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Question

Is Saturn making a new moon?

Saturn New Moon?
© NASA
A 750-mile (1,200-km) -long feature spotted on Saturn’s A ring by Cassini on April 15, 2013.
Congratulations! It's a baby... moon? A bright clump spotted orbiting Saturn at the outermost edge of its A ring may be a brand new moon in the process of being born, according to research recently published in the journal Icarus.

"We have not seen anything like this before," said Carl Murray of Queen Mary University in London, lead author of the paper. "We may be looking at the act of birth, where this object is just leaving the rings and heading off to be a moon in its own right."

In images acquired with Cassini's narrow-angle camera in 2013, a 1,200-kilometer-long, 10-kilometer-wide arc of icy material was observed traveling along the edge of the A ring. The arc is thought to be the result of gravitational perturbations caused by an as-yet unseen embedded object about a kilometer wide - possibly a miniature moon in the process of formation.
Top Secret

Air Force launches Atlas rocket with secret U.S. military satellite

© Pat Corkery, United Launch Alliance
An unmanned Atlas 5 rocket lifted off from Cape Canaveral Air Force Station in Florida on Thursday to put a classified satellite into orbit for the U.S. National Reconnaissance Office.

The 20-story tall rocket, built by United Launch Alliance, blasted off its seaside launch pad at 1:45 p.m. ET (1745 GMT). United Launch Alliance is a partnership of Lockheed Martin and Boeing.

No information about the rocket's payload was released. The secretive National Reconnaissance Office designs, builds and operates the nation's fleet of spy satellites.

The rocket was outfitted with a single upper-stage Centaur engine and four strap-on solid rocket motors, all built by Aerojet Rocketdyne. In that configuration, the Atlas 5 can deliver up to about 7,800 pounds (3,500 kg) into an orbit 22,300 miles above Earth, United Launch Alliance documents show.

Launch originally was slated for March 25, but a radar system needed to track the rocket during flight short-circuited, prompting a delay. The Air Force reactivated a spare radar while repairs to the damaged system are under way.
Heart

Artificial blood 'will be manufactured in factories'

Artificial Bllod
© Alamy

Production of blood on an industrial scale could become a reality,
It is the stuff of gothic science fiction: men in white coats in factories of blood and bones.

But the production of blood on an industrial scale could become a reality once a trial is conducted in which artificial blood made from human stem cells is tested in patients for the first time.

It is the latest breakthrough in scientists' efforts to re-engineer the body, which have already resulted in the likes of 3d-printed bones and bionic limbs.

Marc Turner, the principal researcher in the £5 million programme funded by the Wellcome Trust, told The Telegraph that his team had made red blood cells fit for clinical transfusion.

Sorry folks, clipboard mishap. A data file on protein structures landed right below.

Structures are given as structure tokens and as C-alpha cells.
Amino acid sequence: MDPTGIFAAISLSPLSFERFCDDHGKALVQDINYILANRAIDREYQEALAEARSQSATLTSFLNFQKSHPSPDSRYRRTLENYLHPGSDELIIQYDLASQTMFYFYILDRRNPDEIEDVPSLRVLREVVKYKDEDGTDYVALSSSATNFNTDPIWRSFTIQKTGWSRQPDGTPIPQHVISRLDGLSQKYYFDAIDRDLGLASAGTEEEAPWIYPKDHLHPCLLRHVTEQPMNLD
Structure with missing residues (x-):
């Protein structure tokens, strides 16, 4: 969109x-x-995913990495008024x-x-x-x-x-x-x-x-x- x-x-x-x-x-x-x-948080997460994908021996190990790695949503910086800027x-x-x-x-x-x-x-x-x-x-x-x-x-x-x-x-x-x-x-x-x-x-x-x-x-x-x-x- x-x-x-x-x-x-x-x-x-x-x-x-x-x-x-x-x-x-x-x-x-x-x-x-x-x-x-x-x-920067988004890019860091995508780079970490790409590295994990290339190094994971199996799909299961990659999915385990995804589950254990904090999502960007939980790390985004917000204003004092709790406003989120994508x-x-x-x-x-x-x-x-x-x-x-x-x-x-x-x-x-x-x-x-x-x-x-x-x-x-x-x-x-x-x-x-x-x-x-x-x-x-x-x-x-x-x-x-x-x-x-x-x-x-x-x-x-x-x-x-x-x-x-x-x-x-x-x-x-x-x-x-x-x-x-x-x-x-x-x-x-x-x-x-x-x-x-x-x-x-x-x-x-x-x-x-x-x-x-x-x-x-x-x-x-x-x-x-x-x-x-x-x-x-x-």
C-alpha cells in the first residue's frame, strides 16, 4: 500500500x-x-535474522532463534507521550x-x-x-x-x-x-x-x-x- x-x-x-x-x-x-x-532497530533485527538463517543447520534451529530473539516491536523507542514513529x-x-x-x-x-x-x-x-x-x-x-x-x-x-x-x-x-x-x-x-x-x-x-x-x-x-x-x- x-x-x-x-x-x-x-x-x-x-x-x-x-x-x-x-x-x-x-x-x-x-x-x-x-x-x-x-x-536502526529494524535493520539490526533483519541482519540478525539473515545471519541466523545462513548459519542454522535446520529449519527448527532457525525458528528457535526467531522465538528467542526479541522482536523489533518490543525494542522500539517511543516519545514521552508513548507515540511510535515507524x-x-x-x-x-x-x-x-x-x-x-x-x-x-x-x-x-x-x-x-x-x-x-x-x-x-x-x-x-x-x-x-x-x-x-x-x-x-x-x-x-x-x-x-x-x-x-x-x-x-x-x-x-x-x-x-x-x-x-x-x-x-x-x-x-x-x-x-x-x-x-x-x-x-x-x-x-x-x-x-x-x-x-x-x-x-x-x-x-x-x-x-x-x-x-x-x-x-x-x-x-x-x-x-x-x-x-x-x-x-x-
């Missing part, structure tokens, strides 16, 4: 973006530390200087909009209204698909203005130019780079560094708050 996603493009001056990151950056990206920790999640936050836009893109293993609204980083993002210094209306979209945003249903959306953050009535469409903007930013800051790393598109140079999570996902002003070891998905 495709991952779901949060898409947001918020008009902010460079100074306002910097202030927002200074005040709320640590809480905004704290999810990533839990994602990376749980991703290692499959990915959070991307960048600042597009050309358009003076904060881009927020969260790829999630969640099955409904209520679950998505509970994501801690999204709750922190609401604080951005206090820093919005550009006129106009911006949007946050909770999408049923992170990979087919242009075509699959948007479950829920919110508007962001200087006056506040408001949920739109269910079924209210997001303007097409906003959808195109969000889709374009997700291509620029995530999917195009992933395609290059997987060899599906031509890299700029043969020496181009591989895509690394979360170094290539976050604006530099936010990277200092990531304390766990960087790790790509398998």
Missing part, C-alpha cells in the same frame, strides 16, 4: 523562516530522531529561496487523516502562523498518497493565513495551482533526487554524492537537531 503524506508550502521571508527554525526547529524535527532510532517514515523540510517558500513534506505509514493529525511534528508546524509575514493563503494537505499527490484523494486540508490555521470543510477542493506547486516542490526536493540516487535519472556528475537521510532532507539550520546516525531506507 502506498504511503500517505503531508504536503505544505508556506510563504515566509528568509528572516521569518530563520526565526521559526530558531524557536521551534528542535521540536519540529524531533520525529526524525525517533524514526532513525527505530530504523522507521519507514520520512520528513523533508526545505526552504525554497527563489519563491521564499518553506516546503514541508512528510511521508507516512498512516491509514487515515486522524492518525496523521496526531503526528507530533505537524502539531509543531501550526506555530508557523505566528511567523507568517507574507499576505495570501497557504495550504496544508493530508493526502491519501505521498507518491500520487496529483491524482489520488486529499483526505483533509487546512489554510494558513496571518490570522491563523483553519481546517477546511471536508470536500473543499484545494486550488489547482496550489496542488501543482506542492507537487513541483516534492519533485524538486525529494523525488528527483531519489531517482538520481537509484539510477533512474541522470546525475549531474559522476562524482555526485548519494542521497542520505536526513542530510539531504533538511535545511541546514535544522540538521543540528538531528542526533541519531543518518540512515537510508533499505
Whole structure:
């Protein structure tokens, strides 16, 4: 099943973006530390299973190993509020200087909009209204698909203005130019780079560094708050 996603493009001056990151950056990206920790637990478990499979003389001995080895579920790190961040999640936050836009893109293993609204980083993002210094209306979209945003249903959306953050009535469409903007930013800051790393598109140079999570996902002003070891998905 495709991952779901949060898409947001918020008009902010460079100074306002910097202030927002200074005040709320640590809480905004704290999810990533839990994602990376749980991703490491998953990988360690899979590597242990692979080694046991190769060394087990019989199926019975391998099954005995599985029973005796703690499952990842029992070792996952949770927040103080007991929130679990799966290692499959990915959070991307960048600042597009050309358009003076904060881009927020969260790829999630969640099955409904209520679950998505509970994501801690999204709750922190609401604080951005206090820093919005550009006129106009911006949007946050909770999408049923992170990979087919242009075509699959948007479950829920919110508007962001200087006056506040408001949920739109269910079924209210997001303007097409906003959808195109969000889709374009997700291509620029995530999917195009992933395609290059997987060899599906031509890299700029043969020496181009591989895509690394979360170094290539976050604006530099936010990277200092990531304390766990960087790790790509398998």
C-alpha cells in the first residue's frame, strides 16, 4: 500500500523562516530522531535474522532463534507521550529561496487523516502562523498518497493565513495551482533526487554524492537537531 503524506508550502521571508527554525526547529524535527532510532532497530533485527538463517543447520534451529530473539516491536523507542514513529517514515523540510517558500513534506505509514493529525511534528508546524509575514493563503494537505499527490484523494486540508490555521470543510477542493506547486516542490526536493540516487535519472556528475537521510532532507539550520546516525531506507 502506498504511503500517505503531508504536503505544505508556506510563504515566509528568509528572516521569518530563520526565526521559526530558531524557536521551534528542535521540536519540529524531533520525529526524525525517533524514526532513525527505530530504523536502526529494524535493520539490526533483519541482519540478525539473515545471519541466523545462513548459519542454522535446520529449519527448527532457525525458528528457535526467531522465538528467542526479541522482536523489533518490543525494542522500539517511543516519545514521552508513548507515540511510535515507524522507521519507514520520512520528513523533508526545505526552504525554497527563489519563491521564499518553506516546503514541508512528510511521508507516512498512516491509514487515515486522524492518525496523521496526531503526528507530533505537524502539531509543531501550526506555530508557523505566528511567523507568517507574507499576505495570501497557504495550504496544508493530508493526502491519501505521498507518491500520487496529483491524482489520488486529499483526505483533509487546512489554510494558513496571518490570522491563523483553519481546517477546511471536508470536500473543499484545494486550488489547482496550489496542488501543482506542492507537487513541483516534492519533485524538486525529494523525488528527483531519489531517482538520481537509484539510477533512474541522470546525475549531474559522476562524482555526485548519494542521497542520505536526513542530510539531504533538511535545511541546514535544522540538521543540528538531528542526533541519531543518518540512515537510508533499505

Prof Turner has devised a technique to culture red blood cells from induced pluripotent stem (iPS) cells - cells that have been taken from humans and 'rewound' into stem cells. Biochemical conditions similar to those in the human body are then recreated to induce the iPS cells to mature into red blood cells - of the rare universal blood type O.

"Although similar research has been conducted elsewhere, this is the first time anybody has manufactured blood to the appropriate quality and safety standards for transfusion into a human being," said Prof Turner.
Attention

Extreme weather in U.S. has driven ten-fold increase in power outages over the last two decades

A new report from Climate Central has found that major power outages have increased ten times over since the early 1980s - and extreme weather is by far the biggest culprit.

The analysis defined a "major power outage" as a loss of electrical power for at least 50,000 people for at least an hour, or where the power supply interruption reached at least 300 megawatts, or where demand exceeded supply by at least 100 megawatts. It found the big upswing in such events occurred in the 2000s. Weather drove 80 percent of all outages between 2003 and 2012, and only three years in that time period saw non-weather related events account for more than 10 percent of all outages.
Magnify

Researchers discover 500 million-year-old fossilized embryos

© University of Missouri
The Cambrian Period is a time when most phyla of marine invertebrates first appeared in the fossil record. Also dubbed the "Cambrian explosion," fossilized records from this time provide glimpses into evolutionary biology when the world's ecosystems rapidly changed and diversified. Most fossils show the organisms' skeletal structure, which may or may not give researchers accurate pictures of these prehistoric organisms. Now, researchers at the University of Missouri have found rare, fossilized embryos they believe were undiscovered previously. Their methods of study may help with future interpretation of evolutionary history.